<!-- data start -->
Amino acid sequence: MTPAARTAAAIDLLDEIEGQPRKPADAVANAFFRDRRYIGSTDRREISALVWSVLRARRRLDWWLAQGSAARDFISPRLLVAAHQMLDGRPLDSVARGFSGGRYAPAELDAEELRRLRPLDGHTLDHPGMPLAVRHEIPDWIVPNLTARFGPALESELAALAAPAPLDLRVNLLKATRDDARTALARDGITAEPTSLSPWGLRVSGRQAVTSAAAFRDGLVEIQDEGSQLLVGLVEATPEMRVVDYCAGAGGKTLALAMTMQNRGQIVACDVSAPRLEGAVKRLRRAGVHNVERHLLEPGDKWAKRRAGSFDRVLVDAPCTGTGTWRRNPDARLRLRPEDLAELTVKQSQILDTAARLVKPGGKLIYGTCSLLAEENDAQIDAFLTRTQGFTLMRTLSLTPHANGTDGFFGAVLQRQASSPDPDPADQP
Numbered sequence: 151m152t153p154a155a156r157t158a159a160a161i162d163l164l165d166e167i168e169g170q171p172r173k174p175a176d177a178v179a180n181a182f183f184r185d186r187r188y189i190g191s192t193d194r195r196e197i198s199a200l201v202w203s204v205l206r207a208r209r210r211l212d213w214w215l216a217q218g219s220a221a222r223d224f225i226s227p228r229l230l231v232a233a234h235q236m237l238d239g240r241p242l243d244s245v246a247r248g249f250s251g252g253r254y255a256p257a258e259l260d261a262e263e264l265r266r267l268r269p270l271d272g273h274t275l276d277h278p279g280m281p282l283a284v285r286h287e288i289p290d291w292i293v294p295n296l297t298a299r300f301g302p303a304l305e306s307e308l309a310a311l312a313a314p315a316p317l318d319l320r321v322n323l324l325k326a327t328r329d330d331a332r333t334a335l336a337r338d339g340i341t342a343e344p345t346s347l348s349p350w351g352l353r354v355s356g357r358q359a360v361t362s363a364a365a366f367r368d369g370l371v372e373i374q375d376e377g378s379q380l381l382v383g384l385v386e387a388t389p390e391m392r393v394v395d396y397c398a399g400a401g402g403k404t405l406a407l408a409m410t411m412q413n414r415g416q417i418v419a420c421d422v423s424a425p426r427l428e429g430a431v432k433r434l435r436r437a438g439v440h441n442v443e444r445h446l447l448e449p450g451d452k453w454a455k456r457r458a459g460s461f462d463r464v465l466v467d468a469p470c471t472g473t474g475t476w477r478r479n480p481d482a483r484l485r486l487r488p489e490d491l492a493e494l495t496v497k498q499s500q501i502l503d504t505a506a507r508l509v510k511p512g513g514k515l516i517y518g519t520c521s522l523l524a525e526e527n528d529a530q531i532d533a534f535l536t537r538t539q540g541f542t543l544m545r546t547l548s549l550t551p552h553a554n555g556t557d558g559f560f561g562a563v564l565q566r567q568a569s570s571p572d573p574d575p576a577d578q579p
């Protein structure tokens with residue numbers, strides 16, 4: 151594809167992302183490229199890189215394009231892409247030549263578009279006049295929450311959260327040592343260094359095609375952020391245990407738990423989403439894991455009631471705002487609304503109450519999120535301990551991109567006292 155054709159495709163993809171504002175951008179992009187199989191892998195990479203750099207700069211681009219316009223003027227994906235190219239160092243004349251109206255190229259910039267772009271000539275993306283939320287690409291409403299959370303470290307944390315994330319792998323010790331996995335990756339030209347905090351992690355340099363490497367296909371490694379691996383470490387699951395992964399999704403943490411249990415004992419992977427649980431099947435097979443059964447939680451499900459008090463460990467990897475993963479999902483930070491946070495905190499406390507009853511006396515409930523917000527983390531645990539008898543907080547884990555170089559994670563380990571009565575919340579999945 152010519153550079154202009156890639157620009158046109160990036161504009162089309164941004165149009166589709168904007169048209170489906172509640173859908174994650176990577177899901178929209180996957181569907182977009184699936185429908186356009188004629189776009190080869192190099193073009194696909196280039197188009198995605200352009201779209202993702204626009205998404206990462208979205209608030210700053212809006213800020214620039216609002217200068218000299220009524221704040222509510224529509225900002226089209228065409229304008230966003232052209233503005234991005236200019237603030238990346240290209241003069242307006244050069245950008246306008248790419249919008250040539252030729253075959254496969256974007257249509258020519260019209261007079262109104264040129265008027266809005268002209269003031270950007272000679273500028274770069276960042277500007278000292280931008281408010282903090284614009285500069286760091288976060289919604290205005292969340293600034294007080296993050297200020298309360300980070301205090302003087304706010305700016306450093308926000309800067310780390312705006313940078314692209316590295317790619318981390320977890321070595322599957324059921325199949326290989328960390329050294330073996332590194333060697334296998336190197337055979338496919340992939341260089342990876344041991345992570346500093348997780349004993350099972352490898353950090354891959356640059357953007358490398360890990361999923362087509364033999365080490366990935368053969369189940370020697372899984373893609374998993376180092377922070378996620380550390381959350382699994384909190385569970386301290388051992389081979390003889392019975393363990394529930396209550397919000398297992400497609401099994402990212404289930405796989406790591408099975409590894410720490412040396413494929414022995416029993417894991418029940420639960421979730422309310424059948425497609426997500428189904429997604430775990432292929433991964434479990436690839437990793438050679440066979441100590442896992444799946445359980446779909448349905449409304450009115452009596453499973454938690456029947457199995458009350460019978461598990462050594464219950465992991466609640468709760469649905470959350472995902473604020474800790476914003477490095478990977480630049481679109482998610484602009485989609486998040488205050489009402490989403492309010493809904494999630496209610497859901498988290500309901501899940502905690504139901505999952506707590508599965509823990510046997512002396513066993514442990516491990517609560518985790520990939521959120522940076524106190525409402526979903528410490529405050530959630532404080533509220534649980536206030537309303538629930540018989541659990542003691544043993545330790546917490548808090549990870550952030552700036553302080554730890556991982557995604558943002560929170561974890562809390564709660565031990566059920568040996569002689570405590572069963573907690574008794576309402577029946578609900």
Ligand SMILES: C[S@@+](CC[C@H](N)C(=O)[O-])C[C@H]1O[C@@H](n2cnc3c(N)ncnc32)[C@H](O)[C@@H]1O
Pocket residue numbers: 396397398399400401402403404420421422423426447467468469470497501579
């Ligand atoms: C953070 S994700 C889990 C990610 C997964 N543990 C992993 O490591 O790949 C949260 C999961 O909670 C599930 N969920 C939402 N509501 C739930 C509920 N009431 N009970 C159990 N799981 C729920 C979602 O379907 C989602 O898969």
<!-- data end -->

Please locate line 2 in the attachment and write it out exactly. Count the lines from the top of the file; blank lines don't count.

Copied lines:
Numbered sequence: 151m152t153p154a155a156r157t158a159a160a161i162d163l164l165d166e167i168e169g170q171p172r173k174p175a176d177a178v179a180n181a182f183f184r185d186r187r188y189i190g191s192t193d194r195r196e197i198s199a200l201v202w203s204v205l206r207a208r209r210r211l212d213w214w215l216a217q218g219s220a221a222r223d224f225i226s227p228r229l230l231v232a233a234h235q236m237l238d239g240r241p242l243d244s245v246a247r248g249f250s251g252g253r254y255a256p257a258e259l260d261a262e263e264l265r266r267l268r269p270l271d272g273h274t275l276d277h278p279g280m281p282l283a284v285r286h287e288i289p290d291w292i293v294p295n296l297t298a299r300f301g302p303a304l305e306s307e308l309a310a311l312a313a314p315a316p317l318d319l320r321v322n323l324l325k326a327t328r329d330d331a332r333t334a335l336a337r338d339g340i341t342a343e344p345t346s347l348s349p350w351g352l353r354v355s356g357r358q359a360v361t362s363a364a365a366f367r368d369g370l371v372e373i374q375d376e377g378s379q380l381l382v383g384l385v386e387a388t389p390e391m392r393v394v395d396y397c398a399g400a401g402g403k404t405l406a407l408a409m410t411m412q413n414r415g416q417i418v419a420c421d422v423s424a425p426r427l428e429g430a431v432k433r434l435r436r437a438g439v440h441n442v443e444r445h446l447l448e449p450g451d452k453w454a455k456r457r458a459g460s461f462d463r464v465l466v467d468a469p470c471t472g473t474g475t476w477r478r479n480p481d482a483r484l485r486l487r488p489e490d491l492a493e494l495t496v497k498q499s500q501i502l503d504t505a506a507r508l509v510k511p512g513g514k515l516i517y518g519t520c521s522l523l524a525e526e527n528d529a530q531i532d533a534f535l536t537r538t539q540g541f542t543l544m545r546t547l548s549l550t551p552h553a554n555g556t557d558g559f560f561g562a563v564l565q566r567q568a569s570s571p572d573p574d575p576a577d578q579p